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July 10, 1987

Joycelyn A. Thompson, Plaintiff,
The International Association Of Machinists And Aerospace Workers, et al., Defendants

The opinion of the court was delivered by: GREEN

JOYCE HENS GREEN, United States District Judge


 Presently before the court is plaintiff's application for an award of attorney's fees and the parties' respective motions for assessment of costs against one another.

 Plaintiff brought this action against defendant International Association of Machinists and Aerospace Workers (IAM) and four union officials alleging that her termination was based on unlawful discrimination and that defendants retaliated against her when she sought to redress this discrimination. In her amended complaint, she alleged violations of Title VII, 42 U.S.C. § 2000e et seq.; section 1 of the Civil Rights Act of 1866, 42 U.S.C. § 1981; the Ku Klux Klan Act, 42 U.S.C. § 1985(3); and the District of Columbia Human Rights Act (DCHRA), D.C. Code § 1-2501 et seq. Prior to trial, the court dismissed her Title VII claims against three of the four defendants. At the conclusion of her trial, the jury found for defendants on the section 1981 claim, and for plaintiff on her section 1985(3) and DCHRA claims, awarding her $ 2,000 in compensatory damages and $ 200,000 in punitive damages on the DCHRA claim. The court reserved judgment on the Title VII claim, and defendants filed a timely motion for judgment nowithstanding the verdict, or, in the alternative for a new trial. Thereafter, the court granted defendants' motion for j.n.o.v. on the section 1985(3) claim, struck the jury's award of punitive damages on the DCHRA claim, and entered judgment in favor of defendants on the Title VII claim. Thompson v. IAM, 614 F. Supp. 1002 (D.D.C. 1985). In short, defendants prevailed on all counts except plaintiff's DCHRA claim, on which she recovered $ 2,000.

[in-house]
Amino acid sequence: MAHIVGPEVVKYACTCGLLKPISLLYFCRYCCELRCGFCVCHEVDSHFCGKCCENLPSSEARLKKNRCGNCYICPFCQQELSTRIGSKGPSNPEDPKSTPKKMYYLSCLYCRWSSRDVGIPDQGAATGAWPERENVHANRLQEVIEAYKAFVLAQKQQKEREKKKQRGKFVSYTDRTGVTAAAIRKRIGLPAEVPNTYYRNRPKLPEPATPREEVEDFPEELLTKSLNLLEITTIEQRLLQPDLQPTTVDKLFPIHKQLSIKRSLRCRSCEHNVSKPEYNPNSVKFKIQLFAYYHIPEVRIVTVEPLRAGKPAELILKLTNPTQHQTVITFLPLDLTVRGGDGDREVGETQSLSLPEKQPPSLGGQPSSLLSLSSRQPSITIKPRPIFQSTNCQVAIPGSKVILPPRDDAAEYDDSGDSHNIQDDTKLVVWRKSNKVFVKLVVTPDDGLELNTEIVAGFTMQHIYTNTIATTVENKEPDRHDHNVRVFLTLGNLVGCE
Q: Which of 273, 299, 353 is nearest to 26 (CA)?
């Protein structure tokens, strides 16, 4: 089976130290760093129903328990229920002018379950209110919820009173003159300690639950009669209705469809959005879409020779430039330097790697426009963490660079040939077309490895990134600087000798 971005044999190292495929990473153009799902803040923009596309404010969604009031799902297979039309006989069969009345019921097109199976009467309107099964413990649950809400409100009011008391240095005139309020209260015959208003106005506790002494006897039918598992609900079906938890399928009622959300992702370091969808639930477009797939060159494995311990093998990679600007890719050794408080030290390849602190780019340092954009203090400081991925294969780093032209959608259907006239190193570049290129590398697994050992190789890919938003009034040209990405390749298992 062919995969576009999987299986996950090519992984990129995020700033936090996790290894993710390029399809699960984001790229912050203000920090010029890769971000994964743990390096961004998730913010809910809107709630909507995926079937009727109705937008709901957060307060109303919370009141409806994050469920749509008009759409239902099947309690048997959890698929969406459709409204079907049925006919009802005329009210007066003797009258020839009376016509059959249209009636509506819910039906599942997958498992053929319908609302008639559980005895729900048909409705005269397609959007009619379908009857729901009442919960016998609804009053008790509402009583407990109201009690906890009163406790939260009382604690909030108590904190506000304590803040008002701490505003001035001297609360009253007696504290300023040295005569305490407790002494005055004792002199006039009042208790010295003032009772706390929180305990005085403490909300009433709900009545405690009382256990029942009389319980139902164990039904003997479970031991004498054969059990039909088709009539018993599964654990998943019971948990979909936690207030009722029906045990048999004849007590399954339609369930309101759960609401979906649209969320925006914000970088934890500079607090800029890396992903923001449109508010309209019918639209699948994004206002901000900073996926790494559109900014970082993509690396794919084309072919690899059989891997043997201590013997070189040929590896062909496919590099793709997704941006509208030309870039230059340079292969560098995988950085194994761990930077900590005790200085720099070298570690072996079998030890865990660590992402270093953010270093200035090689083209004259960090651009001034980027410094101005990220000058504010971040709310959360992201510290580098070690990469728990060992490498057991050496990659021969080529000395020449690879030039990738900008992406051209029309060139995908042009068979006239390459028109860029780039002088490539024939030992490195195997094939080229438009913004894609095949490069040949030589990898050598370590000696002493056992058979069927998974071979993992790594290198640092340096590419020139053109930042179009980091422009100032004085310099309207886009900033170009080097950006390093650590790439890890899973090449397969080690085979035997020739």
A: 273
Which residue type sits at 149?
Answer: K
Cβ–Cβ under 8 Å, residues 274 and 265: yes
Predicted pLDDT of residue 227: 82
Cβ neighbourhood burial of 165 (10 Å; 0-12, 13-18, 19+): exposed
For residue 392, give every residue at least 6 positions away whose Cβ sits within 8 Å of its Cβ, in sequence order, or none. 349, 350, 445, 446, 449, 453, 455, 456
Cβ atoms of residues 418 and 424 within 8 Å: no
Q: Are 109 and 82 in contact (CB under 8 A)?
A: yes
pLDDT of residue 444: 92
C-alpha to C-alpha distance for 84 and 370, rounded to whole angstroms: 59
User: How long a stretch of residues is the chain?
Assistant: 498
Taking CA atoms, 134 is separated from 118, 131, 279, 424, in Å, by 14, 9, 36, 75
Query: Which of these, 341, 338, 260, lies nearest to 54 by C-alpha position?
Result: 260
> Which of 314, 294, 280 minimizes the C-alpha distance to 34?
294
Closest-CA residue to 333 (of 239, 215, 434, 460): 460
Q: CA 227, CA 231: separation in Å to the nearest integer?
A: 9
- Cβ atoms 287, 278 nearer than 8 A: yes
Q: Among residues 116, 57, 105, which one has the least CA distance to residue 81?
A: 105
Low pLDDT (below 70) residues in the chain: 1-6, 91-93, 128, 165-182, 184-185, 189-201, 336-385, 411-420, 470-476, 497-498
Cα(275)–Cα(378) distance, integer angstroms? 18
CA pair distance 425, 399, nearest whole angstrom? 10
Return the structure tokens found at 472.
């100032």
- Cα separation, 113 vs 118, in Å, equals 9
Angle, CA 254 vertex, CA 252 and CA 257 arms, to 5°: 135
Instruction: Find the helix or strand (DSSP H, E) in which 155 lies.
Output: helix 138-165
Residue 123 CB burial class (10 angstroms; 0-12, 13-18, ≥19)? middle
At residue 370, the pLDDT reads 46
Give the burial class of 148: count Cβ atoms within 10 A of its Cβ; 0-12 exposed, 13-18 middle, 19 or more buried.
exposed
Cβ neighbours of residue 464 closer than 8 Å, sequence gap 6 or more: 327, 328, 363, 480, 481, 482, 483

In the pending application plaintiff seeks awards of approximately $ 246,000 in attorney's fees and expenses, and $ 8,000 in costs. She contends that she was the prevailing party, that the DCHRA mandates recovery of attorney's fees for prevailing parties, and that the Act narrowly limits this court's discretion in making such awards. Defendants vigorously dispute these contentions.

 As an initial matter, the court must reject plaintiff's argument that the DCHRA requires courts to award reasonable attorney's fees to prevailing parties and thereby narrowly constrains judicial discretion over such awards. In advancing this argument, plaintiff misleadingly cites the Act for the proposition that:


if the court "determines that a respondent has engaged in an unlawful discriminatory practice or has otherwise violated the provisions of this chapter, the [court] shall. . . take such affirmative action, including but not limited to . . . payment of reasonable attorney's fees; and . . . payment of hearing costs."

 Plaintiff's Application for an Award of Attorney's Fees and Expenses at 12 (quoting D.C. Code Ann. § 1-2553(a)(1) (1981)) (emphasis and bracketed language added by plaintiff). In fact, section 1-2553 does not pertain to judicial proceedings at all. Rather, it concerns the decisions and orders of the District of Columbia Commission on Human Rights, and states that where "the Commission determines that a respondent has . . . violated the provisions of this chapter, the Commission shall . . . [award] reasonable attorney's fees." D.C. Code § 1-2553(a)(1) (1981) (emphasis added). *fn1" By contrast, that portion of the DCHRA establishing a private right of action, section 1-2556, states that "the court may grant such relief as it deems appropriate, including but not limited to, such relief as is provided in section 1-2553(a)." D.C. Code Ann. § 1-2556(b) (1981) (emphasis added). By its very terms, therefore, the statute does not purport to strip courts of their traditional discretionary authority over attorney's fees applications, but instead confirms that authority.

 In addition, the Guidelines for Payment of Compensatory Damages and Attorney's Fees under the Human Rights Act of 1977, 31 D.C. Reg. § 200 et seq., pp. 6259-66, upon which plaintiff also relies, see note 1 supra, expressly provide that the Human Rights Commission should, in determining appropriate fee awards, "be guided by Supreme Court decisions interpreting the attorney's fees provisions of Title VII . . ., the Civil Rights Attorney's Fees Awards Act of 1976, . . . and other federal fee-shifting laws." Id. § 212.6, p. 6265. The Supreme Court has in turn consistently emphasized "that the district court has discretion in determining the amount of a fee award." Hensley v. Eckerhart, 461 U.S. 424, 437, 76 L. Ed. 2d 40, 103 S. Ct. 1933 (1983). Thus, the very regulations plaintiff cites as limitations on this court's authority recognize the role of judicial discretion.